April 4, 2014
Lassa fever confirmed in traveler returning to Minnesota from West Africa
General public is not at risk from this case
On March 31, 2014, a man returning to Minnesota from West Africa was admitted to a hospital in Minnesota with fever and confusion. Blood samples submitted to the U.S. Centers for Disease Control and Prevention (CDC) tested positive for Lassa fever on the evening of April 3. Lassa fever is an acute viral disease common in West Africa but rarely seen in the U.S. The last case of Lassa fever in the United States was in 2010 and was travel-related.
The Lassa virus is carried by rodents in West Africa and is transmitted to humans through contact with urine or droppings of infected rodents. Though rare, it can also be transmitted from person to person through direct contact with a sick person's blood or bodily fluids, through mucous membranes (eyes, nose, or mouth), or through sexual contact. The virus is not transmitted through casual contact. The incubation period for Lassa fever is one to three weeks. In West Africa, there are about 100,000 to 300,000 cases of Lassa fever and about 5,000 deaths annually. Eighty percent of human infections don't show any symptoms. Overall, death is rare in patients who contract Lassa fever, with only 1 percent of all cases resulting in death in areas of West Africa where infection is common.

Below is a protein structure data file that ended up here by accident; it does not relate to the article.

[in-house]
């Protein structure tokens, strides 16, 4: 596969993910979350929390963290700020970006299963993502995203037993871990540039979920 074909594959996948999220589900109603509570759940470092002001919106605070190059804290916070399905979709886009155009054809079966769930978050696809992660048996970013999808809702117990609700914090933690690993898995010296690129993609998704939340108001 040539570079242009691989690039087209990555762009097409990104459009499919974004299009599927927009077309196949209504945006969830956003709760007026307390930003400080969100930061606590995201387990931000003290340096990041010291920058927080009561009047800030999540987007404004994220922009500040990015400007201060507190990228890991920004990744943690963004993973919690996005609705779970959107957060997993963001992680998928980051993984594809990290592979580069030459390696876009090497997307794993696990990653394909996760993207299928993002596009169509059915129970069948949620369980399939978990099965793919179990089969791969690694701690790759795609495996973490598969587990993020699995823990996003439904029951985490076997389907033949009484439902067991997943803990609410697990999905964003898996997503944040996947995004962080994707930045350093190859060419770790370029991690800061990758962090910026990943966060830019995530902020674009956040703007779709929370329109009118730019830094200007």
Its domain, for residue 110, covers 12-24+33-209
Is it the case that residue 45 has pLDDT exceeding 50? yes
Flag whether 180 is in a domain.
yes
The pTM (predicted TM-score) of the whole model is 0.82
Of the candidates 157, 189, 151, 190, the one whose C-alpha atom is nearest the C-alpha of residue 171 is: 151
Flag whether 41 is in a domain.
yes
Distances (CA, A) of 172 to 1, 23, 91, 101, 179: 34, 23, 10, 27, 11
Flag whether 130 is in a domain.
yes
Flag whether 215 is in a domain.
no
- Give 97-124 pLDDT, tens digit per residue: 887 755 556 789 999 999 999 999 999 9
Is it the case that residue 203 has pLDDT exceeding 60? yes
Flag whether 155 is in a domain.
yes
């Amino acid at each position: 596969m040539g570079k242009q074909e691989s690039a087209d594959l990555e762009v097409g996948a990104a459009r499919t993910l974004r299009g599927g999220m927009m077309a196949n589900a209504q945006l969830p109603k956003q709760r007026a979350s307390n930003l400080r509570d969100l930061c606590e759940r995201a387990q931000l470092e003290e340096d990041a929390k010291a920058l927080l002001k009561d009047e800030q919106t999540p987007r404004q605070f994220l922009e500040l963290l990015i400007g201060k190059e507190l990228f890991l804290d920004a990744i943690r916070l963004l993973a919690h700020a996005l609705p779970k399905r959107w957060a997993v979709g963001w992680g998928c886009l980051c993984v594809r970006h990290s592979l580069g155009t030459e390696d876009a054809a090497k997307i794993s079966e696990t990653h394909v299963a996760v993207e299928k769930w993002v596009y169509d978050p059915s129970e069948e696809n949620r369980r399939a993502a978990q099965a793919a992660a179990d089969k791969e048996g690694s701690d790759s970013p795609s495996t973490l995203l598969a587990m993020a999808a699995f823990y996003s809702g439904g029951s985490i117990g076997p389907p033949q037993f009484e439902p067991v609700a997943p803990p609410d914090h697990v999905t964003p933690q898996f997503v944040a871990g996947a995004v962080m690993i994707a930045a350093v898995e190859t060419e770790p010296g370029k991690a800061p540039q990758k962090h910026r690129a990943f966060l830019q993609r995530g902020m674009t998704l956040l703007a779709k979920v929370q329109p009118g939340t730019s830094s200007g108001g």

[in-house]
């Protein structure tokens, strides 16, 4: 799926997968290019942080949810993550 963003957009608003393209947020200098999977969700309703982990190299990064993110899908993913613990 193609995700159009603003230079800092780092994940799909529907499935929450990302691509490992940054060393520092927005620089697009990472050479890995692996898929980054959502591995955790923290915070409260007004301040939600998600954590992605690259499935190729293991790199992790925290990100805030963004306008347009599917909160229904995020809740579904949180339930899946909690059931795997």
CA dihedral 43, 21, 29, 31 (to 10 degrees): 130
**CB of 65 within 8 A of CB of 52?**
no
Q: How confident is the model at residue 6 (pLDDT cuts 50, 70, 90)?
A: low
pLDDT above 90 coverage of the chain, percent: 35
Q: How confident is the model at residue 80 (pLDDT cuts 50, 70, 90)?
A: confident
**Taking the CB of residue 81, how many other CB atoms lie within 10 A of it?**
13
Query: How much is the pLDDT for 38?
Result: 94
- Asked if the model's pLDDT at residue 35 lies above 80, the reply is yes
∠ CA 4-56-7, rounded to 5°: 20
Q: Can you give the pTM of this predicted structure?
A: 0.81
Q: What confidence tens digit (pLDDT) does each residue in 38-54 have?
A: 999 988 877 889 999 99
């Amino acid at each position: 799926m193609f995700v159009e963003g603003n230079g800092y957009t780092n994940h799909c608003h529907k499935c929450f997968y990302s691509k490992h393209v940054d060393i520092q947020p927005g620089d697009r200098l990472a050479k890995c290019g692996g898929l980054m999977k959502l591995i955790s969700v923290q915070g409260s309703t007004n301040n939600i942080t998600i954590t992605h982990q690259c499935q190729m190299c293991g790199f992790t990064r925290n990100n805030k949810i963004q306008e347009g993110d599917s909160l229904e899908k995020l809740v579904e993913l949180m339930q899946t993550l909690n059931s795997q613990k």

The Minnesota Department of Health is working in close cooperation with the hospital, CDC and others in the investigation. MDH and CDC are working with the hospital to notify any health care providers or staff who may have had contact with the patient. The general public is not at risk from this case. The Minnesota patient is recovering and is in stable condition.
"The hospital has done an excellent job of caring for the patient and taking all necessary measures to ensure the safety and protection of hospital staff, visitors and patients," said Dr. Ed Ehlinger, Minnesota Commissioner of Health.
The ill man flew to Minneapolis-St. Paul on March 31. Promptly after his arrival, the patient was seen by a physician who, given the patient's travel history and condition, suspected a possible hemorrhagic fever and immediately reported it to MDH.
Since Lassa virus is not spread by casual contact, CDC believes any risk to other airline passengers and crew is extremely low. However, in the interest of protecting passenger health, CDC is working with the airlines to identify passengers and crew who may have had close contact with the ill man during his travel. State and local health departments will reach out to notify these individuals of their possible exposure.
More information about Lassa fever is available on the CDC website at http://www.cdc.gov/vhf/lassa/.